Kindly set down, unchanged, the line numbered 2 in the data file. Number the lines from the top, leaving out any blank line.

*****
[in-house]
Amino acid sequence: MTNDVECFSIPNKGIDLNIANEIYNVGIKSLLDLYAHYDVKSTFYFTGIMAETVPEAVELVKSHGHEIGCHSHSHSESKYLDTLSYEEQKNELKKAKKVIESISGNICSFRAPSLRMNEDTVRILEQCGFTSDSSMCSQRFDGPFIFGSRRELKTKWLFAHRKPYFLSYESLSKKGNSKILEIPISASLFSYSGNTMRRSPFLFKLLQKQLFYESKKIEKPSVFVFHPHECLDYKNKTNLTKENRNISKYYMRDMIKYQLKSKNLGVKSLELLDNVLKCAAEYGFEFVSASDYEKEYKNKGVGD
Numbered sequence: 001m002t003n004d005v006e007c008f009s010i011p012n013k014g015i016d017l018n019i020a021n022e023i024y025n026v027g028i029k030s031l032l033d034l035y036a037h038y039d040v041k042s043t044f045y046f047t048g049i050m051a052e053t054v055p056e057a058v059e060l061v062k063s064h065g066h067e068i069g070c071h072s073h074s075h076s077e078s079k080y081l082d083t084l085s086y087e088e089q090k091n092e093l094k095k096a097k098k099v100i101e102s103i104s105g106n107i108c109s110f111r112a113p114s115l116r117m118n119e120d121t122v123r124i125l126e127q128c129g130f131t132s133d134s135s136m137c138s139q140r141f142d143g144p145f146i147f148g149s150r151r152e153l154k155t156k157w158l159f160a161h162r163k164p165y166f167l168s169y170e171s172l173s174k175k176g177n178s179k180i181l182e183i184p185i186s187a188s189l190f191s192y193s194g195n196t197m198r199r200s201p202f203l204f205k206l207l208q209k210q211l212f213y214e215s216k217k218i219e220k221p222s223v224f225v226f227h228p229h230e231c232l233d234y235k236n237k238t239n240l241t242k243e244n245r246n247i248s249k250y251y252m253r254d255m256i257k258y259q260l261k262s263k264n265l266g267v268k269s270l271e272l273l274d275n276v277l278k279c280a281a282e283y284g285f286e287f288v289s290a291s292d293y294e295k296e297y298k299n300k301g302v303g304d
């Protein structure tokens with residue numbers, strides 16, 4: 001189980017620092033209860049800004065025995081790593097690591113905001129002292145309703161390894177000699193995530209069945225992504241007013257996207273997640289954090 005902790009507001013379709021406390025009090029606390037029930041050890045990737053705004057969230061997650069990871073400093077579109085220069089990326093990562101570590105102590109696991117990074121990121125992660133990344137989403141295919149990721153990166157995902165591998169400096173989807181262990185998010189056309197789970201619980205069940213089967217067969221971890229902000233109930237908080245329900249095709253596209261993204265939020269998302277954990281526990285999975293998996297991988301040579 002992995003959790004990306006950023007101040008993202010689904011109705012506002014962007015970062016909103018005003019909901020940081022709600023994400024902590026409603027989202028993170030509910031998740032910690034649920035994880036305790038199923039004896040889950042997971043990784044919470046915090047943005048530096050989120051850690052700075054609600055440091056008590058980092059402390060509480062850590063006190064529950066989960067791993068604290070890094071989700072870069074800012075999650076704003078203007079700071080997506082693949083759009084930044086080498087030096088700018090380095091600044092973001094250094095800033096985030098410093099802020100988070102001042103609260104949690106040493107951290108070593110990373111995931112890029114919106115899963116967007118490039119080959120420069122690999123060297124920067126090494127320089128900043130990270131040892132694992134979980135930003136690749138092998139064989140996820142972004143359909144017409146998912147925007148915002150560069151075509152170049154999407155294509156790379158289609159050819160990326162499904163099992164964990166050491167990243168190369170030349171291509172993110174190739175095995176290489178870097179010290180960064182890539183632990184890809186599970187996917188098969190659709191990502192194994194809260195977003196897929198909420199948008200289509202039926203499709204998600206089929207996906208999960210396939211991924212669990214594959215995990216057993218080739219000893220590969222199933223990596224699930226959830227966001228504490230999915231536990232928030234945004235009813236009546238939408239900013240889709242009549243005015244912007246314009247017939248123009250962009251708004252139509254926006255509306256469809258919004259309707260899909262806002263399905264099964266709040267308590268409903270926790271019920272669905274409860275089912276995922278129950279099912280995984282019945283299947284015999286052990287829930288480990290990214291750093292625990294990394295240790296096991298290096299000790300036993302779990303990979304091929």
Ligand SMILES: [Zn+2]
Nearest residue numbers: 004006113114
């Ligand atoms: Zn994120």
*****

Amino acid sequence: MTNDVECFSIPNKGIDLNIANEIYNVGIKSLLDLYAHYDVKSTFYFTGIMAETVPEAVELVKSHGHEIGCHSHSHSESKYLDTLSYEEQKNELKKAKKVIESISGNICSFRAPSLRMNEDTVRILEQCGFTSDSSMCSQRFDGPFIFGSRRELKTKWLFAHRKPYFLSYESLSKKGNSKILEIPISASLFSYSGNTMRRSPFLFKLLQKQLFYESKKIEKPSVFVFHPHECLDYKNKTNLTKENRNISKYYMRDMIKYQLKSKNLGVKSLELLDNVLKCAAEYGFEFVSASDYEKEYKNKGVGD